The “la Caixa” Foundation scholarship program celebrates forty years supporting excellent training

One of the oldest programs of the “la Caixa” Foundation is the scholarship program for postgraduate students, which is already forty years old.

NewsEditor
NewsEditor
27 July 2022 Wednesday 21:56
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The “la Caixa” Foundation scholarship program celebrates forty years supporting excellent training

One of the oldest programs of the “la Caixa” Foundation is the scholarship program for postgraduate students, which is already forty years old. Since 1982, this entity has supported more than 3,600 young university talents from various disciplines, who have been able to continue their studies in the best academic centers and universities in the world.

The project was born from the firm conviction that research, scientific progress, professional qualification and interaction with other cultures and countries are fundamental factors for the development of people, without exclusion, and also of society as a whole.

The foundation's scholarships have opted to provide comprehensive assistance to students, before, during and after finishing their training, with complementary services and benefits, in order to provide the most enriching experience possible. Thus, in addition to the total cost of enrollment, the program covers a monthly stipend in the currency of the country of destination.

In addition, the “la Caixa” Foundation takes care of travel expenses and also of an orientation course, thanks to which students have the opportunity to establish personal and academic links with their classmates before joining their respective universities.

Last Wednesday, July 20, the award ceremony for postgraduate scholarships abroad for this fortieth edition took place, chaired by Their Majesties the King and Queen of Spain, and also attended by the Minister of Education and Vocational Training, Pilar Alegría, and the president of the “la Caixa” Foundation, Isidro Fainé.

At the event, held at CaixaForum Madrid, Fainé addressed the 120 university students selected in the 2021 call to encourage them to continue their brilliant path, "seeking the impulse of three powerful levers: effort, passion and the illusion of building, with social sense, a better world. If you unite these three elements, then you will be unstoppable, and, even more important, you will be able to give meaning and fulfillment to your lives”.

On behalf of the group of scholarship holders of the "la Caixa" Foundation, the person in charge of the World Campaign Against Ageism of the World Health Organization (WHO), Vânia de la Fuente Núñez, intervened, stating that "this scholarship is much more than financial support to promote knowledge and satisfy individual curiosity”.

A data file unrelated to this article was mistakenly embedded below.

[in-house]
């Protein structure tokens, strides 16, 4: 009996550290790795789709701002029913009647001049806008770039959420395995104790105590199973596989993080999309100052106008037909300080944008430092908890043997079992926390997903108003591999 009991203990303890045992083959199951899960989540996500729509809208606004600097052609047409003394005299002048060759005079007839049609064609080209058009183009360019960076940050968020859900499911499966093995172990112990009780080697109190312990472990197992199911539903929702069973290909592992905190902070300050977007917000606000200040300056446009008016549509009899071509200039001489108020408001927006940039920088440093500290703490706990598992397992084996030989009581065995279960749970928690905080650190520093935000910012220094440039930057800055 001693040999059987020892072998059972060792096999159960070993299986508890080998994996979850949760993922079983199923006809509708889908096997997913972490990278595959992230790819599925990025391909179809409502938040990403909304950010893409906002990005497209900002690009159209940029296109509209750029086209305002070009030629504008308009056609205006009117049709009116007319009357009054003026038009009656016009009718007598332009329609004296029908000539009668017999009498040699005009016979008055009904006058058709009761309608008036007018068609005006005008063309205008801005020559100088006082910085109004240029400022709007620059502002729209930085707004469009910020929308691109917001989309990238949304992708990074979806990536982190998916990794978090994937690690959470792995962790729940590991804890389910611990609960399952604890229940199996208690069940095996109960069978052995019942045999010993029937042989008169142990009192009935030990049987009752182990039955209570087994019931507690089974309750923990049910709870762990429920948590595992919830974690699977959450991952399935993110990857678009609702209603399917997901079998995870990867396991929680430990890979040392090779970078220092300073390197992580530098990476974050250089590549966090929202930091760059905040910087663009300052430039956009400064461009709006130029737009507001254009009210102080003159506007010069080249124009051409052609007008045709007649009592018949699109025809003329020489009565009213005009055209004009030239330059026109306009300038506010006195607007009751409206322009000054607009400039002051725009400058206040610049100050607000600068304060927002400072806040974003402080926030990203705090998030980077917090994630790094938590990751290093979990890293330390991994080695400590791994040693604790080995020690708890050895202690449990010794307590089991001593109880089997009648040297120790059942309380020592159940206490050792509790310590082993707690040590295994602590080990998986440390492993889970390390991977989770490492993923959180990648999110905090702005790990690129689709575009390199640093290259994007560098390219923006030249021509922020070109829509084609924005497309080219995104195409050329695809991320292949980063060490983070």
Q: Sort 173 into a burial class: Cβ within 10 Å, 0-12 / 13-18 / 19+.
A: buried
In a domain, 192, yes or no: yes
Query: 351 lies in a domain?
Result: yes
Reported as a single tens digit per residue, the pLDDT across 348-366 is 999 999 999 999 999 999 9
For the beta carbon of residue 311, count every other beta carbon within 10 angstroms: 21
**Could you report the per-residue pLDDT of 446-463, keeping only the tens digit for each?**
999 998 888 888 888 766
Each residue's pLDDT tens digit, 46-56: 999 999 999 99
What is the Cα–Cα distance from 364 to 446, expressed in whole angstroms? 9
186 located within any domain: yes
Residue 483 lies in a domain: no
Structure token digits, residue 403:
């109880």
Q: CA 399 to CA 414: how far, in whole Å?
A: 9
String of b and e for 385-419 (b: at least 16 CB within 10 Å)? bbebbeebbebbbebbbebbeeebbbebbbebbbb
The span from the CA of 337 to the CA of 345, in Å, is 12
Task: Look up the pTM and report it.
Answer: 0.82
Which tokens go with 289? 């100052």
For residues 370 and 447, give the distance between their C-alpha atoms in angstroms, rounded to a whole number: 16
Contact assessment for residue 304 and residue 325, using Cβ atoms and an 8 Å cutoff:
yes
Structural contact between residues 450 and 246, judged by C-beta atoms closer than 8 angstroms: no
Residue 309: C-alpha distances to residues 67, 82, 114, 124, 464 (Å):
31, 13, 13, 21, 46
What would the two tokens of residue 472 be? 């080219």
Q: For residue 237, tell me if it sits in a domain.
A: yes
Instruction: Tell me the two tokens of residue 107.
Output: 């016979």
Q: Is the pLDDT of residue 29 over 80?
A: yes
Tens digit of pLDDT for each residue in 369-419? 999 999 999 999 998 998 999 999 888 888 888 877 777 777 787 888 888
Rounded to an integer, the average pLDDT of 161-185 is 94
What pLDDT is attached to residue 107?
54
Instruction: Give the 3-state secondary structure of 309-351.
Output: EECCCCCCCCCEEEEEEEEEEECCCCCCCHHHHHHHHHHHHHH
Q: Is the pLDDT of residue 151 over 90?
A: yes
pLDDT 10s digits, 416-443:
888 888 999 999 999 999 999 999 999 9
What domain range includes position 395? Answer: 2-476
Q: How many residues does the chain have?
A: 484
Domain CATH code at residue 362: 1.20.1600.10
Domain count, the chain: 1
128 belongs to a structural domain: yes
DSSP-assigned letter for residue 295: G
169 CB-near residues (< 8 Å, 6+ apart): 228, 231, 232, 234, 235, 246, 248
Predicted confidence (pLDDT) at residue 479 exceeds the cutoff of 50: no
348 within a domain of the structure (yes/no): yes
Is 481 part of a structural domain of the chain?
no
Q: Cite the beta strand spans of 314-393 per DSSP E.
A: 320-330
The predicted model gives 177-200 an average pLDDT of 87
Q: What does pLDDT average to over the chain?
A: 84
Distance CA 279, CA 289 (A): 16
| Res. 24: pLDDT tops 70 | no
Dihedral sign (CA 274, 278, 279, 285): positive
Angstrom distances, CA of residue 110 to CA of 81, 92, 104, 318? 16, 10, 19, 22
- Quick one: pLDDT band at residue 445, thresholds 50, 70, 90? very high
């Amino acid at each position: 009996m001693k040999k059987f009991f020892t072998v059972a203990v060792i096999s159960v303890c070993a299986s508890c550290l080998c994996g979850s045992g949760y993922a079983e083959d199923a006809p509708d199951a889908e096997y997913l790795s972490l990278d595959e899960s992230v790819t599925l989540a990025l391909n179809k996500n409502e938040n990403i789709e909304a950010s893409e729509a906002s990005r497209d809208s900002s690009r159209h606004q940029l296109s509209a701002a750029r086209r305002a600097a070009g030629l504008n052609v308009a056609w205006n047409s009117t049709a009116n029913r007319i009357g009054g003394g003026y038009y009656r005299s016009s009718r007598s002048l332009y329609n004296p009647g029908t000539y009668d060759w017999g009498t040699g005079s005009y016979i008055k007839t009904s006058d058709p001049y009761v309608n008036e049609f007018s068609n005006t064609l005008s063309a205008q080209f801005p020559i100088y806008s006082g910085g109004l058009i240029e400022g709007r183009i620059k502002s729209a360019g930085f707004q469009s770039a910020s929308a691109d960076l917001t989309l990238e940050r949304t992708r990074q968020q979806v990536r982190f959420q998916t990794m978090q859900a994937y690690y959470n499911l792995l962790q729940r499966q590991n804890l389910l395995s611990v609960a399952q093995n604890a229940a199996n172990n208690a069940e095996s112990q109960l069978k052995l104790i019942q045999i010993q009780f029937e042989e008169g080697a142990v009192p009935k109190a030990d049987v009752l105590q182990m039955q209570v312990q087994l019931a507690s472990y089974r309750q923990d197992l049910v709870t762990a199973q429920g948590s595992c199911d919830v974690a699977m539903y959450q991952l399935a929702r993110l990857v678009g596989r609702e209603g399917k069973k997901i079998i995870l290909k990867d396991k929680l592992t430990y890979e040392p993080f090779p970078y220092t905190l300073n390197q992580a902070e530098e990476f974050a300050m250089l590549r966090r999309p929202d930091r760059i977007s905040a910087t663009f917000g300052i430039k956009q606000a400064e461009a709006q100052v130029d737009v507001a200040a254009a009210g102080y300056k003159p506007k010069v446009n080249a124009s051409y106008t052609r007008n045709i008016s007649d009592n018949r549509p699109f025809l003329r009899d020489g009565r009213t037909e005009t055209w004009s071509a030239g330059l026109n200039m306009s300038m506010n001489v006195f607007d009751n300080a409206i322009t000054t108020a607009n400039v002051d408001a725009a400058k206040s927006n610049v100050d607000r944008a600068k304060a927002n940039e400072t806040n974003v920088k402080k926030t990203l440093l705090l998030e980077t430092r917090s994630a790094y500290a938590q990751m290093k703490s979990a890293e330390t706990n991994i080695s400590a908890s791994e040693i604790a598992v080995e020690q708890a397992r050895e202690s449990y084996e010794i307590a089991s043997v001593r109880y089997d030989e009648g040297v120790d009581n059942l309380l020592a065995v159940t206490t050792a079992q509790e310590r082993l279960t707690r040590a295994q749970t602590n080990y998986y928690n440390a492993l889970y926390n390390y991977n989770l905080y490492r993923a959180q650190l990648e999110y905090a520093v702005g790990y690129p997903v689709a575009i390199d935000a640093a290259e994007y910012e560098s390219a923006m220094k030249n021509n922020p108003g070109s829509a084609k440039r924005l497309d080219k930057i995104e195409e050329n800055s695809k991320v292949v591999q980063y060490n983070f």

For de la Fuente Núñez, who completed a Master's in Philosophy, Politics and Economics in 2013 at the University College of London (UCL) with a postgraduate scholarship abroad granted by the foundation, the experience that these young people are about to live it goes far beyond the formative period; in fact, it is something that they will always carry with them. "The most important thing you receive today is an unparalleled support platform that will continue with you throughout your career," she stressed.

Of the 120 scholarship holders in the 2021 call, 41% are women and 59% are men. Among the selected disciplines, engineering and technology training (22) stand out, followed by economic and business sciences (9), international relations (7), physical sciences (6), medical and health sciences (6). ), law (6) and music (6).

The scholarships have been distributed among universities and research centers in Europe (68) and North America (52). The most requested countries have been the United States (47) and the United Kingdom (34).

Each of the winners has a personal story, in which effort, enthusiasm and the desire to continue learning come together. This is what we see when listening, for example, to Guillem Casadesús, a young man who is about to study a Master's degree in Aerospace Engineering at Stanford University to expand his knowledge in the branch that most attracts him, space communication through satellites or through of the scan. For Casadesús, meeting his classmates and being able to see his talent and potential has served to make him even more aware of the importance of this recognition that he has just received.

Manuel Bouzas, meanwhile, will attend the Harvard Graduate School of Design, focused on architecture, landscape and urban planning, to take a two-year master's degree in which research plays an important role. His objective is to rethink how we are going to build in the future, taking into account ecological criteria, the circular economy and the need to reduce the carbon footprint in all processes. Talents like that of Bouzas will be essential to design urban environments for "a more desirable, fair and sustainable future".

Another young woman with a bright promise is María Armero, who is now pursuing a Master's degree in Immunology at Imperial College of London. Her passion is to get to know the human immune system in depth, which, as she herself explains, is involved in numerous pathologies, in order to be able to create new therapies.

Guillem, Manuel and María are three perfect examples of how necessary it is to bet on the future of the new generations. As Fainé rightly pointed out in his speech, "investment in education and research is the best way to advance towards progress and social welfare for all".

Forty years after the launch of this initiative, the “la Caixa” Foundation Scholars Association is now made up of more than 5,700 people who, after receiving training in prestigious centres, have become academic and professional benchmarks, both in Spain and internationally.

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